Bees also use social distancing: the reason

These insects resort to a kind of segregation. This protects them from pests and safeguards the queen, young and brood.

While humans experimented with social distancing during the Covid-19 pandemic, bees have long adopted this behavior to protect themselves from pests and pathogens. This technique serves to safeguard the most important elements for colony survival, namely the queen, young and brood. The defensive attitude of this type of insect has been identified in a study carried out by the Department of Agriculture of the University of Sassari, by an international team of researchers coordinated by Michelina Pusceddu, Ignazio Floris and Alberto Satta. The research was published in the journal "Science Advances" and was carried out in collaboration with the University College London (UK), the University of Turin and the Martin Luther University Halle-Wittenberg (Germany).

The social distancing of bees

The study started from the observation of colonies of honeybees infested by the ectoparasite mite "varroa destructor", one of the main enemies of the hives. Inside the hive, beekeepers are organized in two main compartments: a peripheral one, where foragers and older bees live, and an inner one occupied by young bees, queen and brood. The researchers found that, in the presence of the mite, bees tend to increase social distancing between the younger group, which cares for the queen and brood, and the forager group.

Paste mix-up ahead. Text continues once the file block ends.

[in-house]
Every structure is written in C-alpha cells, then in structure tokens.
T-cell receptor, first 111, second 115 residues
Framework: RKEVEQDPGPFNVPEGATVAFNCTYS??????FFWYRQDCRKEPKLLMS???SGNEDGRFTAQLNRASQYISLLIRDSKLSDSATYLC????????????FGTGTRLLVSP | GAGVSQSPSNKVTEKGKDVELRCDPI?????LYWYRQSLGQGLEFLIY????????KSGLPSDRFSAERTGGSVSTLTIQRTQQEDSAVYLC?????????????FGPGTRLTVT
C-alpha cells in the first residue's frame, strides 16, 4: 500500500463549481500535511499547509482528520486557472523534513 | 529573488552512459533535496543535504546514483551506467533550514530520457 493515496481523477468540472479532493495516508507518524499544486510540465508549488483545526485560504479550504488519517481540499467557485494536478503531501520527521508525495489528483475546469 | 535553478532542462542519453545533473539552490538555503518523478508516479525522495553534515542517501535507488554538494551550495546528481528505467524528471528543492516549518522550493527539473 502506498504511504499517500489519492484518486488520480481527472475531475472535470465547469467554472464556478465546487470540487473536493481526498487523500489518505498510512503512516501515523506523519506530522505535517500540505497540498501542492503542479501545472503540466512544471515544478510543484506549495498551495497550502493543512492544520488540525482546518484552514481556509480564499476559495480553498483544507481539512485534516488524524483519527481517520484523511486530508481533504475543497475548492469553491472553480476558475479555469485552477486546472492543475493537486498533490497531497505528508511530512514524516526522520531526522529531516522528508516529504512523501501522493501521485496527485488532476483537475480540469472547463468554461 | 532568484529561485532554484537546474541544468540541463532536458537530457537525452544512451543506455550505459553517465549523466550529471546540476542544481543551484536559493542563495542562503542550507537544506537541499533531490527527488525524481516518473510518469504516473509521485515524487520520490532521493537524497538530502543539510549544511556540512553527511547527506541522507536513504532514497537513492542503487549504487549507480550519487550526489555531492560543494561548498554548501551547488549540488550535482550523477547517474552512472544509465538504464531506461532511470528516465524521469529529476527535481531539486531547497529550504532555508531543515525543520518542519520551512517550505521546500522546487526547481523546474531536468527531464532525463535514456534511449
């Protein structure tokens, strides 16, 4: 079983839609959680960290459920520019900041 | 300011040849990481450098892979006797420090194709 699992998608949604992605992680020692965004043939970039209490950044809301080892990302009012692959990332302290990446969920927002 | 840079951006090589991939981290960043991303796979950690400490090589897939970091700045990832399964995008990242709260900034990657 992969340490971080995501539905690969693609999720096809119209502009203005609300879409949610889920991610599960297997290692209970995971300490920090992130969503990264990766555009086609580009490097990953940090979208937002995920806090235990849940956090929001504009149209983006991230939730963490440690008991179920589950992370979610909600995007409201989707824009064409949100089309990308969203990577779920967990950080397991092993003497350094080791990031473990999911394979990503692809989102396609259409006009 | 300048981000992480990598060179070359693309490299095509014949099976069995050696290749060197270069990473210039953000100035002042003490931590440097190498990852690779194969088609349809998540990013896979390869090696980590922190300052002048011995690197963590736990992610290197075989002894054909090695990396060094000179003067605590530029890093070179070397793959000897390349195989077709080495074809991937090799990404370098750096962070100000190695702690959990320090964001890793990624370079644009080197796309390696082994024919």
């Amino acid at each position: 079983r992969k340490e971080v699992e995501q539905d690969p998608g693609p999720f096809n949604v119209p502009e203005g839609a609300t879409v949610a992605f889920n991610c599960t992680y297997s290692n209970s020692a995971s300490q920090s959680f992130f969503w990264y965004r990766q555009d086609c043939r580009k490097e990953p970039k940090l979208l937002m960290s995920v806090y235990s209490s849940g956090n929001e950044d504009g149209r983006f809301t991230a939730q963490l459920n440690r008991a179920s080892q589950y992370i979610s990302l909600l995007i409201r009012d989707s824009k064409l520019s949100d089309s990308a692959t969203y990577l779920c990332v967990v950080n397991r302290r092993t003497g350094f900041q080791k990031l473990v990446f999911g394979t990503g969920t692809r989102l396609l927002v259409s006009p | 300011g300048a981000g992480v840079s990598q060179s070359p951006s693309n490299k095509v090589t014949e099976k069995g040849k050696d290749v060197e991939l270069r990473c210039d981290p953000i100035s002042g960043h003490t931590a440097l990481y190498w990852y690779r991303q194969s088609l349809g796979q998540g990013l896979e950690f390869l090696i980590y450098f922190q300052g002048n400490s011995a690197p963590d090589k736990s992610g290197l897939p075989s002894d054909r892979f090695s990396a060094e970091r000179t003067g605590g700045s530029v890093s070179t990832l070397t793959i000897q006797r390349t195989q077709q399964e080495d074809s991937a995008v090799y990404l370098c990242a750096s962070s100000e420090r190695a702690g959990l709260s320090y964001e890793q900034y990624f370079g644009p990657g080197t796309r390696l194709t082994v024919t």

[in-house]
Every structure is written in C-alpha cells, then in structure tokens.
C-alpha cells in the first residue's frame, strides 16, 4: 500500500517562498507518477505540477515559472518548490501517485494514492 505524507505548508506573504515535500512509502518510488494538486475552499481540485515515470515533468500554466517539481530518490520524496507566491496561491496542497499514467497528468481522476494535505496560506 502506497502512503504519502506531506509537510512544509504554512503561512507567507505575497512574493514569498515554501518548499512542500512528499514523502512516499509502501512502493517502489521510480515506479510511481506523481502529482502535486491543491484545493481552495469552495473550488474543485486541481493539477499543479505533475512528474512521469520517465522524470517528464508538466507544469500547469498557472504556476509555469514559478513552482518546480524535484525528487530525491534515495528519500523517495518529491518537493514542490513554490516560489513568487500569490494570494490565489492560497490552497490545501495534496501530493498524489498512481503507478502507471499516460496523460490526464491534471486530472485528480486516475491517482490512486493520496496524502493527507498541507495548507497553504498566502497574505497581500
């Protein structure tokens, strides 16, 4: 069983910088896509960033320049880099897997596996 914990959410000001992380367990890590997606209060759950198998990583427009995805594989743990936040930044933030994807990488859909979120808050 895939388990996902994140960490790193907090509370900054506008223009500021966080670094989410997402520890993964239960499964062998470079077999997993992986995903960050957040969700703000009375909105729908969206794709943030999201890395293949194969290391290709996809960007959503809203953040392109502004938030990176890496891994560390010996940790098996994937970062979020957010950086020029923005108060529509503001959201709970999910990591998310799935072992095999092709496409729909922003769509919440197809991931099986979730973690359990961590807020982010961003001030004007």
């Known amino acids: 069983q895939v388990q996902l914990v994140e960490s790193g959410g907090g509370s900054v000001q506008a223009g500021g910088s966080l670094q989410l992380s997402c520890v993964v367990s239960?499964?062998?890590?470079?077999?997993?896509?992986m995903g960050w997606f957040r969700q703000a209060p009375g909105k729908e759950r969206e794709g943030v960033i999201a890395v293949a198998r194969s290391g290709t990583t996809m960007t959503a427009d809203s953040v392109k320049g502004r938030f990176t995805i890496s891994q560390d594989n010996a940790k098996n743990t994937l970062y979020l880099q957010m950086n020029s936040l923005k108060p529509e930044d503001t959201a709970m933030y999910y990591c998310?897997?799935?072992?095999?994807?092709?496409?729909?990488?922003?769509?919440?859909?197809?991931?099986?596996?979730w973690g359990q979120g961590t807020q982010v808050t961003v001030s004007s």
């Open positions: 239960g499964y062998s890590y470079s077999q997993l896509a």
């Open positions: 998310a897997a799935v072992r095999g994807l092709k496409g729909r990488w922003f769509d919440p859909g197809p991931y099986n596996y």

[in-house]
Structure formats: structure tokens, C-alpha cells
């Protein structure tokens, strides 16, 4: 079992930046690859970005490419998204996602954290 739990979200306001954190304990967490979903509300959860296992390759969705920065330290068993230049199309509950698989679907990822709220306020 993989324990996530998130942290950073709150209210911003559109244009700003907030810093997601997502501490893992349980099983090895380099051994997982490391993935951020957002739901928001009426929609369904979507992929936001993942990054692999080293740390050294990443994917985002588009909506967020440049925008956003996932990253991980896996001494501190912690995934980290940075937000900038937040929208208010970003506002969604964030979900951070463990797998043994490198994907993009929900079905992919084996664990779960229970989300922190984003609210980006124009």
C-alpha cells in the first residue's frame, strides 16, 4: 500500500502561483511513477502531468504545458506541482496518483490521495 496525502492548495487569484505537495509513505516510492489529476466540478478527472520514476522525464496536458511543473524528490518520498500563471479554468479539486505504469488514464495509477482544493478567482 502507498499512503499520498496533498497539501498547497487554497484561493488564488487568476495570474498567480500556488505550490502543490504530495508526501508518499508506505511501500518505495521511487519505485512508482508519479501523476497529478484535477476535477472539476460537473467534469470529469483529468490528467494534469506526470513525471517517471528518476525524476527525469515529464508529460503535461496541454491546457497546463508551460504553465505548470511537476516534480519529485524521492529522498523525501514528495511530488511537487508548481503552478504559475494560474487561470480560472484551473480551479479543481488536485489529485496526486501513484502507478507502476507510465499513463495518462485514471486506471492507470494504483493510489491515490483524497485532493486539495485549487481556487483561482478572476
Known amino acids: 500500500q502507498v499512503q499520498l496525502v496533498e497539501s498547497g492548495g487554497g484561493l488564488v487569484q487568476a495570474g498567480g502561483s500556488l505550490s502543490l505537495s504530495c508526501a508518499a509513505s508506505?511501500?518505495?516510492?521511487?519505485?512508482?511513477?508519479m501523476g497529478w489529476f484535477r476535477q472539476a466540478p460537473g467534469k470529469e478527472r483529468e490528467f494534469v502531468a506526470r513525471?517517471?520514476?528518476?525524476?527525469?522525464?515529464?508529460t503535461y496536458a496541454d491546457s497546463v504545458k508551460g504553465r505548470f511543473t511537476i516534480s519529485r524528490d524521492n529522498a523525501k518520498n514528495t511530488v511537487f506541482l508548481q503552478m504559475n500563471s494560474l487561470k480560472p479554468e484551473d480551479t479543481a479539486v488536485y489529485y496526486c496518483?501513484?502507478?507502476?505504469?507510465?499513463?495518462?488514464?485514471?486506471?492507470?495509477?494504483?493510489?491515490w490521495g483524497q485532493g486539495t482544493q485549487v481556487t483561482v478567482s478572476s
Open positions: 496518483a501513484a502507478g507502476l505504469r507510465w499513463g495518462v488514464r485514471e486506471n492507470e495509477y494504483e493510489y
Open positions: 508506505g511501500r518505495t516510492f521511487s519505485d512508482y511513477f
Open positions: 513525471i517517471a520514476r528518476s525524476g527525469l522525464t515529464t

What the study showed

The research found that, if a hive is infested with a parasite, bee colonies react by changing their use of space and interactions between nest mates. Honey bees, with the division into two compartments, introduce a true spatial segregation within the hive that leads to a lower frequency of contacts between the two compartments than within each compartment and allows individuals more important for the survival of the colony to be protected from the external environment and therefore from the arrival of diseases.

Bees, by the way, are not even the only individuals of the animal kingdom to adopt social distancing for defensive purposes. For example, some studies have documented that baboons are less likely to clean the fur of individuals with gastrointestinal infections or that some species of ants isolate themselves at the edge of the anthill if affected by a pathogenic fungus.

Another research has identified that bees are also able to have a perception of time, while in Germany, to save them from extinction, urban gardens have been created for this species of insect.

Stefania Bernardini